Innovation can take many forms. An organization develops a new product or service. A new business model offers customers a new brand experience. A new strategic partnership is formed, resulting in new customer segments and new distribution or communication channels.
More than ever before, organizations view innovation as a strategic priority, giving them a competitive advantage over others, at a time in which most employees are asked to do much more with much less. Who has time to innovate? It’s tough enough to slog through daily operations without having to think up new ways of doing business, too.
Making innovation a strategic priority often requires that stakeholders make a shift in their thinking to make innovation a consistent, repeatable part of their daily business routine.
“Creativity thinks up new ideas, but innovation takes that idea and turns it into action,” explains Lisa Bodell, Founder and CEO of futurethink, adding that “Stakeholders need to separate good ideas from great ideas before turning that great idea into a business thought.”
Ideas are the easy part. Knowing what to do with them is the trick that turns a creative idea into a business innovation. Consider the Swiffer, that nifty collapsible mop with replaceable ends. During the market research and development process, P&G took an ethnographic approach to determining what was missing when people cleaned their homes. Once the gap was identified, they created a need and subsequent demand for their innovative product.
Admittedly, not every organization has P&G-sized resources to combat hurdles to innovation which, in most organizations, include lack of time, money, and inadequate staffing levels. Bodell states that other hurdles include “an evaluation process that squelches innovative ideas, no way to track the progress or success of innovation initiatives, and no way to tap into the thinking of employees, partners, and users.”
A good place to start in your innovation initiative is to find out who in the organization is already doing something interesting or cool. Interviews, focus groups and surveys will elicit employee knowledge, opinions, attitudes, and degrees of satisfaction with existing innovation initiatives. Once that baseline is established, an overall approach to innovation can be developed.
The Quest for Innovation: A Global Study of Innovation Management was a survey commissioned by the American Management Association and conducted by the Human Resource Institute. This polling of 1,356 global leaders captured the top five elements necessary for developing an innovative culture in any organization. They are: 1) customer focus, 2) team work or collaboration with others, 3) appropriate resources (time and money), 4) timely and effective organizational communication, and 5) the ability to select the right ideas for further research.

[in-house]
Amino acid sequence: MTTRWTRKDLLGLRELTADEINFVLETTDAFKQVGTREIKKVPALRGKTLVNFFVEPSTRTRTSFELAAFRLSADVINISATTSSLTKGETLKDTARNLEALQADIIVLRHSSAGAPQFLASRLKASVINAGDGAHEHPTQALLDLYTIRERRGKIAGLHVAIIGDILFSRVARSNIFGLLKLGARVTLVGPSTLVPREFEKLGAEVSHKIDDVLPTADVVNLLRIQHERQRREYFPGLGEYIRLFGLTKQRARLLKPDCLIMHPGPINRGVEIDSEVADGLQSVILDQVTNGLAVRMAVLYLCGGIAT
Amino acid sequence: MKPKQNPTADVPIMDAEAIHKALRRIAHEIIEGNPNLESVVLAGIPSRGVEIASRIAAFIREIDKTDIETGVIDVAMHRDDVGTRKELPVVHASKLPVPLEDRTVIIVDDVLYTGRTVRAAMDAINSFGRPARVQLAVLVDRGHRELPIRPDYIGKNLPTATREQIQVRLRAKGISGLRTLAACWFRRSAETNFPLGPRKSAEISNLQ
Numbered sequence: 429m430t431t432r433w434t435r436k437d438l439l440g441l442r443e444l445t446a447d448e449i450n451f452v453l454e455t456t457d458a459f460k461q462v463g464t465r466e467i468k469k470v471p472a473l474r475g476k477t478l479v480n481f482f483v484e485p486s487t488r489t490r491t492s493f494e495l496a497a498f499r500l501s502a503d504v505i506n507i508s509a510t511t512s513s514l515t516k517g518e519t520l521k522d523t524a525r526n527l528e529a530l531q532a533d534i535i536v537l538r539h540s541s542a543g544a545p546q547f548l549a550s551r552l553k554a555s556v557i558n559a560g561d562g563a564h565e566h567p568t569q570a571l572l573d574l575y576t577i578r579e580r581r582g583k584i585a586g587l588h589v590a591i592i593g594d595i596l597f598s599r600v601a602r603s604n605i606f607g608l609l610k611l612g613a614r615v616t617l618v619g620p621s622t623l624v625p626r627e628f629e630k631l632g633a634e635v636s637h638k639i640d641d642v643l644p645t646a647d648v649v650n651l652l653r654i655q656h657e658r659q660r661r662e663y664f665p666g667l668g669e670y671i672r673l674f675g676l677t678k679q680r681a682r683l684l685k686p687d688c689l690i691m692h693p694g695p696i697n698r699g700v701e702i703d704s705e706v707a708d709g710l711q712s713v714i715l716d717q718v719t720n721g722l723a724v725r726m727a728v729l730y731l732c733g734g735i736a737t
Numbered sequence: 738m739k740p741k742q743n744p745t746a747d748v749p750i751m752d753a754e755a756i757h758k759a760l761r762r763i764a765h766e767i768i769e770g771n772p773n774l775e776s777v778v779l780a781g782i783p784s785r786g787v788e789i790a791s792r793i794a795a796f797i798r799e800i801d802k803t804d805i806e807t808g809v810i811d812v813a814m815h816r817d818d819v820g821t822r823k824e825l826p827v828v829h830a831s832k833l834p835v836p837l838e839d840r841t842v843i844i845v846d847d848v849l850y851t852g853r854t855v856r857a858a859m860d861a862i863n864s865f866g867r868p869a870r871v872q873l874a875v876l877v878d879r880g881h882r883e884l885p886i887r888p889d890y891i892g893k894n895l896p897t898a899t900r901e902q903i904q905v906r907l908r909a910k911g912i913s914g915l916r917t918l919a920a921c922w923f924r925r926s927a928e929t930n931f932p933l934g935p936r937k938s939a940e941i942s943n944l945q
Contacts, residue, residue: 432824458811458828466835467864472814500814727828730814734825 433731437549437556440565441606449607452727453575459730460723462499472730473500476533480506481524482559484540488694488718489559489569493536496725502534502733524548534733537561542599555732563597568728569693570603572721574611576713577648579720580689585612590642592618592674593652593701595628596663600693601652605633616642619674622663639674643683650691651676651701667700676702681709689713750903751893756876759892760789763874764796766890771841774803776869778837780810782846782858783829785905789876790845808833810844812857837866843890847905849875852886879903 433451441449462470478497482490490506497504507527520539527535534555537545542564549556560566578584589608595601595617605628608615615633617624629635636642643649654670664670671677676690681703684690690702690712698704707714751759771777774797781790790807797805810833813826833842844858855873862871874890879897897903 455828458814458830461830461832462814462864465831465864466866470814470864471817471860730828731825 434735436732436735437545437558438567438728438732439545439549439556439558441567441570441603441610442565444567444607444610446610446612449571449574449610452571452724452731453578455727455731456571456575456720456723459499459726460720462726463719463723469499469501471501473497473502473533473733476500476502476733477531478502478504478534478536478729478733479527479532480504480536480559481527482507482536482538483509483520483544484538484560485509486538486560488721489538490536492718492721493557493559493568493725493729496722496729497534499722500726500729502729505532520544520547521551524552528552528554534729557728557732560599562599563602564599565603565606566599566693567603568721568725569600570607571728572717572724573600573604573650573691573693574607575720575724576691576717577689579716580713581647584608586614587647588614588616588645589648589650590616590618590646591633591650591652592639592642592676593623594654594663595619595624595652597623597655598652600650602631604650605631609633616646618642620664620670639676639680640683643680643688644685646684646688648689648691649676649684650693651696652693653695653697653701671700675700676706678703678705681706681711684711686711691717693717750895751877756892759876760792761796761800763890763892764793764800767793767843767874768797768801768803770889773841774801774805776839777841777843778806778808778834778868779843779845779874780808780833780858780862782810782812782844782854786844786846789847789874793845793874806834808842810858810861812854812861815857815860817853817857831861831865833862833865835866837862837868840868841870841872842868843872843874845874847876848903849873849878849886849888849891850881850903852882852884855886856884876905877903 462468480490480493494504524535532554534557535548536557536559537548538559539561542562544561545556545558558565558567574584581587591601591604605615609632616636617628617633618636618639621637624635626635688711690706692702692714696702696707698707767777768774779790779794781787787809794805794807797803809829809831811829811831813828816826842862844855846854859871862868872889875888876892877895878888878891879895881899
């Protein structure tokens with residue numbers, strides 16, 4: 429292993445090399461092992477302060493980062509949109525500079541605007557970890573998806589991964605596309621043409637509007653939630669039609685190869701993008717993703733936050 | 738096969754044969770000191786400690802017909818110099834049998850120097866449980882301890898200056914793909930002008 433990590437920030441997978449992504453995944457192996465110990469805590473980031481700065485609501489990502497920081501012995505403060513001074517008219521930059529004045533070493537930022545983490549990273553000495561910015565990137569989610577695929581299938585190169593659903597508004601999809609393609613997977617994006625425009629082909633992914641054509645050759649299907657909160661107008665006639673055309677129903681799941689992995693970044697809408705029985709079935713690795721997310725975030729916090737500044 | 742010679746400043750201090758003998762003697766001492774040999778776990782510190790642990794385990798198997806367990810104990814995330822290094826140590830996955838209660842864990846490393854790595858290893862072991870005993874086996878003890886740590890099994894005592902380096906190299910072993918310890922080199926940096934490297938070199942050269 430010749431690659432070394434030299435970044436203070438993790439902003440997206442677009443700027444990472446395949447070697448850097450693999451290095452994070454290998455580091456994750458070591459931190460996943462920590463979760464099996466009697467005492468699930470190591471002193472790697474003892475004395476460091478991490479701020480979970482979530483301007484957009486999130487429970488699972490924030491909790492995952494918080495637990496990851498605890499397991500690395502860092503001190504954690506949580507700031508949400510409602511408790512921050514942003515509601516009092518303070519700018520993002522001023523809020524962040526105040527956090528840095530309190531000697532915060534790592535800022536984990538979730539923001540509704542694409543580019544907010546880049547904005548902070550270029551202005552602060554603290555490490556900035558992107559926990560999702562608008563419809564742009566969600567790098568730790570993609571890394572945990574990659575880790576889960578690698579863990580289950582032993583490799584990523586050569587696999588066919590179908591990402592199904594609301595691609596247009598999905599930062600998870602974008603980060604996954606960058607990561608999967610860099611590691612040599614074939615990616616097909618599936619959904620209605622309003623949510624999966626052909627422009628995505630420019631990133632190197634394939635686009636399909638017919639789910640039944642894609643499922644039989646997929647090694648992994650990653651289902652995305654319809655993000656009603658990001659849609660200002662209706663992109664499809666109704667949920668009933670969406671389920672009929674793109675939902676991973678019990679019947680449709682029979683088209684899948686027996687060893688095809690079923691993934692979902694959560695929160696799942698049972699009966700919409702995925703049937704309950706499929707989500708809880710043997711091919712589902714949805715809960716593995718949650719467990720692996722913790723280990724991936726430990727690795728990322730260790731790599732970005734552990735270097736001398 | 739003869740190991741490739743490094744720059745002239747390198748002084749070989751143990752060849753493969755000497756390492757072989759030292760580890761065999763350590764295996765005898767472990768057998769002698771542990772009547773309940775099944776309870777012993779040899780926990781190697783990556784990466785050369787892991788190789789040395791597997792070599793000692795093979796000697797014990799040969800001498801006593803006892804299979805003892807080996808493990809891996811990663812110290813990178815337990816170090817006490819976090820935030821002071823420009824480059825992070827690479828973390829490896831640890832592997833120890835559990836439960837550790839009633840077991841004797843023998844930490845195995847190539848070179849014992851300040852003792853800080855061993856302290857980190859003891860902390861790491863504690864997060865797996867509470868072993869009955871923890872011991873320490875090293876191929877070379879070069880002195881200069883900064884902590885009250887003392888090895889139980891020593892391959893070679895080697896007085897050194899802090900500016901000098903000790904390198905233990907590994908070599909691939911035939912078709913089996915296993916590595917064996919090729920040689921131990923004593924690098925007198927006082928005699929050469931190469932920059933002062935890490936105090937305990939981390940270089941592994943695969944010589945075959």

“You can tell the culture of an organization by looking at the arrangement of furniture, what people brag about, and what they wear — similar to ways in which you get a feeling about someone’s personality,” notes Carter McNamara, MBA, Ph.D., in his Field Guide to Leadership and Supervision.
The steps to creating a culture that supports innovation on a daily basis are more accessible than one might first imagine. Every cause needs a champion and innovation is no exception. Innovation requires top down support, where those at the top lead by example and encourage stakeholders to take smart risks.
“What often limits innovation in any organization is that people tend to want to ‘get it just right’ before sharing their ideas,” explains Bodell. “Leaders who support innovative thinking need to help employees become comfortable with sharing their ideas – and works-in-progress.”
Artists at the Academy Award®-winning Pixar Animation Studios share their beginning sketches and drawings of animated characters with team members early in the process. This allows them to stimulate the thinking of their colleagues, gather feedback, and build on that feedback throughout the animation process, which adds depth to the finished product.
“Many people worry that by sharing their ideas, someone will beat them to the punch,” remarks Richard Bowers, Ph.D. “There is no limit to what can be done if you don’t care who gets the credit.”
Other steps in creating a culture of innovation requires leaders, managers, and supervisors to encourage new and alternative thinking and to share subsequent ideas within business units and across the organization. Everyone needs to know what others are working on and feel a part of the whole. Employee feedback about the status of organizational innovation can be captured in surveys about employee engagement, employee satisfaction, working relationships, and organizational assessment.
To foster a culture of innovation, leaders must support their teams with resources and expose them to creative ways of being. Offering tools for creativity and innovation on the company intranet is a start. The workforce must feel motivated to participate fully in innovative thinking without fear of reprisal. Employee recognition for innovative ideas – from a day off, memo, or heartfelt thank you — means someone noticed and cares. And, remember to keep people apprised about what happens to ideas as they make their way through the innovation pipeline.
If you would like to learn more about how NBRI can help you identify activities related to innovation and help keep your stakeholders apprised of your innovative ideas, call us at 800-756-6168 today.
Terrie Nolinske, Ph.D.
National Business Research Institute